Let me give you the low-down on the Monarch sound. The down-low. The so… very… LOW. Oh, that marvelous sub-bass response. Full, deep, and weighty, yet entirely controlled.
The mid-bass response is a bit less exciting in comparison, but it is entirely acceptable. There are decent slam and impact, and layering and texture are very well maintained. Unlike many hybrid IEM designs, the bass is not solely the dynamic driver’s purview, but four of the balanced armatures are also tasked with adding to these frequencies.
While bass-heads, or those who primarily listen to music with a sub-bass focus, will likely find a lot to like with the Monarch, I don’t mean to convey the impression that they are overly ‘bass-heavy’. Rather, they are quite balanced sounding. The sub-bass thunder can be quite awesome with the right song, but the rest of the frequency spectrum remains extraordinarily coherent and present.
The Monarch midrange presence lags behind the high and low-frequency extremes. The mids are very flat from 150-900 Hz, followed by a rise from 1-2.5 kHz. This presentation has both benefits and drawbacks. Vocals and instruments have great separation. The Monarch midrange renders tons of detail and is uncolored and realistic sounding.
Yet, some might find this presentation dry and a bit sterile. Those who are bothered by balanced armature timbre and sound will likely not have their minds changed by the Monarch. I wouldn’t describe the Monarch midrange as lush, although any audible grain is very minimal. The Monarch err on the clinical side, and depending on your sensitivity and source material, they can border on being somewhat sharp sounding.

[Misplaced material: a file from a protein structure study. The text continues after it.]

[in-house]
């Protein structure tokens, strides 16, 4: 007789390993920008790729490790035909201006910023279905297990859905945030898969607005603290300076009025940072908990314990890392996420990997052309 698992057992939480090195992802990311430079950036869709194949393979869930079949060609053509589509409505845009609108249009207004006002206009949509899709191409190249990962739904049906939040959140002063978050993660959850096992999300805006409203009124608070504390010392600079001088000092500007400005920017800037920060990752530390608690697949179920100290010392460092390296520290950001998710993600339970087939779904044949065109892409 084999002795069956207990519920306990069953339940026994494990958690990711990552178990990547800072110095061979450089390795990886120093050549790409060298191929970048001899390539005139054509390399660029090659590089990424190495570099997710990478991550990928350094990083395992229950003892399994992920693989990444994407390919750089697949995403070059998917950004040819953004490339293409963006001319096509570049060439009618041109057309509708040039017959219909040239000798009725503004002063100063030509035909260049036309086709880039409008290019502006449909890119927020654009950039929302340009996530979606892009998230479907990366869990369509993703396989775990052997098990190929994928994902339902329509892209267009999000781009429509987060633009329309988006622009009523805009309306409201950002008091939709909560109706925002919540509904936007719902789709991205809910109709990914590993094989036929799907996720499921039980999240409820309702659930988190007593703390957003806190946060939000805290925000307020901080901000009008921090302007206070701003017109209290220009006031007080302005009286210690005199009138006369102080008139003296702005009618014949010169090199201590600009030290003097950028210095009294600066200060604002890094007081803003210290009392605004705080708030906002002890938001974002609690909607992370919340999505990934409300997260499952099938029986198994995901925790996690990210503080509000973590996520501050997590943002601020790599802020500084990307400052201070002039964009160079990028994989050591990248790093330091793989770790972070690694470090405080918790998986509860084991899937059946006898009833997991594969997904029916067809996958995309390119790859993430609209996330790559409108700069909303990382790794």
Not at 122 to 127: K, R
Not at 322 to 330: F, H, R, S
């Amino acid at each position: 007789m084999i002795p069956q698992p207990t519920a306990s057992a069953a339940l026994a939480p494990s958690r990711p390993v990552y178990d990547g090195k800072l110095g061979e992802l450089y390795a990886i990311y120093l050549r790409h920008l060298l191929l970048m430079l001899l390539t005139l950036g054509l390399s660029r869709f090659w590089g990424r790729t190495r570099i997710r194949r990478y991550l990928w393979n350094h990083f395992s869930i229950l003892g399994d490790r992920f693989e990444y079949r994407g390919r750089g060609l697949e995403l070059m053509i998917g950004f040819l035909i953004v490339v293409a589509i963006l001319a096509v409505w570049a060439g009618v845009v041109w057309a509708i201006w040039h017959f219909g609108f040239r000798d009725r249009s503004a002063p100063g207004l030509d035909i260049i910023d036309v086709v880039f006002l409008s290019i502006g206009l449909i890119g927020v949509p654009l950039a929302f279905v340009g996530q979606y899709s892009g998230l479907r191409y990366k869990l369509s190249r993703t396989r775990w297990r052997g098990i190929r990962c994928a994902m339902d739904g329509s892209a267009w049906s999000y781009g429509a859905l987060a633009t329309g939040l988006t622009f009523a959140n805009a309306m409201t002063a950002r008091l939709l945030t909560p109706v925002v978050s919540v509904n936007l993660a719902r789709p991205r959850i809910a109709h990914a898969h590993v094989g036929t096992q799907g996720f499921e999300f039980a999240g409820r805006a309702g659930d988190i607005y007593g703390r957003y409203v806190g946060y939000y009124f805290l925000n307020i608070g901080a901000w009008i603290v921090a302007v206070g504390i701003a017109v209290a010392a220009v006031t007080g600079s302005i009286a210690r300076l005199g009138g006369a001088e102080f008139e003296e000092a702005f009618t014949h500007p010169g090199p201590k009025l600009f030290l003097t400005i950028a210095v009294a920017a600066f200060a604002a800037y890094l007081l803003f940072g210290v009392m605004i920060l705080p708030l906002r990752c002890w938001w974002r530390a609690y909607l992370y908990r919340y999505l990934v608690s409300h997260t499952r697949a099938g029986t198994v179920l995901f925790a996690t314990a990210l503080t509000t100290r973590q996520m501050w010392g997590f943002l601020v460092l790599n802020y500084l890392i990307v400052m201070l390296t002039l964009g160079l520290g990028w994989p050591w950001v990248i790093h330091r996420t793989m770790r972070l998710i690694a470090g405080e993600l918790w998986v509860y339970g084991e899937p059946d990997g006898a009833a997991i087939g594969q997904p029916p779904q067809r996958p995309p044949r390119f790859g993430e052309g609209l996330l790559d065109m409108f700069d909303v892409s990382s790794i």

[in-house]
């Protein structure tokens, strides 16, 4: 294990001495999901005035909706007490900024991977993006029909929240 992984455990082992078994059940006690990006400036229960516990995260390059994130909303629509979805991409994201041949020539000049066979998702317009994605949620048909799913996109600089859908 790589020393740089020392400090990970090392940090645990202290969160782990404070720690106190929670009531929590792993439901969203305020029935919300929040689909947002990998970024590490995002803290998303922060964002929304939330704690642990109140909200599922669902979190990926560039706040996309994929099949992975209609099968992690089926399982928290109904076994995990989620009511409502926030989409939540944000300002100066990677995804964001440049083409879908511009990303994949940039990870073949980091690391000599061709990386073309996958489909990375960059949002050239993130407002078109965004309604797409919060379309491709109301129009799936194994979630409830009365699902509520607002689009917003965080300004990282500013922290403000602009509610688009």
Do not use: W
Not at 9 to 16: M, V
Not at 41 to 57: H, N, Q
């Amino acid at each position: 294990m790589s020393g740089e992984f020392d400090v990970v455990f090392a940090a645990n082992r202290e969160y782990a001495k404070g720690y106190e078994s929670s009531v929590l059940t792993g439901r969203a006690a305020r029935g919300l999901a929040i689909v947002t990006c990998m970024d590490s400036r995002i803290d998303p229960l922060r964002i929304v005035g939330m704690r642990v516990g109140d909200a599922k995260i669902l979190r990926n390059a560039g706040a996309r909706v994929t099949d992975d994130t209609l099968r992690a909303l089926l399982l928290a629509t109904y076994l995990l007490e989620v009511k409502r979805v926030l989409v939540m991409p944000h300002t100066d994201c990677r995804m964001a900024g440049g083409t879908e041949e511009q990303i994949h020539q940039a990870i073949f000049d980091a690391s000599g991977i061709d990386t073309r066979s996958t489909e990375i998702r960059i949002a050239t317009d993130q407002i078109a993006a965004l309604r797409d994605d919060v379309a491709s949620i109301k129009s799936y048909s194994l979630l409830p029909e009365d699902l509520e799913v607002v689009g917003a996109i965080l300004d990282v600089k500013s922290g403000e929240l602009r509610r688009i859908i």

The Monarch midrange presents the music cleanly and without a veil. It’s all there for the listener, all the good and all the bad. Nothing is hidden, but the mids don’t jump out and demand your attention. The midrange is impressively detailed but a bit set back in the overall mix.
CLARITY AND PRESENCE!
The Monarch empower music with an extraordinary amount of energy. I attribute this characteristic to the inclusion of electrostatic drivers. If so, you may consider me a tribrid convert.
Somehow all the upper-frequency dynamism doesn’t devolve into sibilance or become too strident. The Monarch are articulate and crisp but are so quick that there is no unnatural shimmer or glaze to the sound.
The treble is subsequently present (and frankly, in-your-face) so you can’t maintain any distance from it. Perhaps it’s due to their natural timbre and lack of thinness that the Monarch treble response is captivating rather than fatiguing. Coherent and not too extended, with detail in abundance. I said it before, and I’ll say it again. Wow.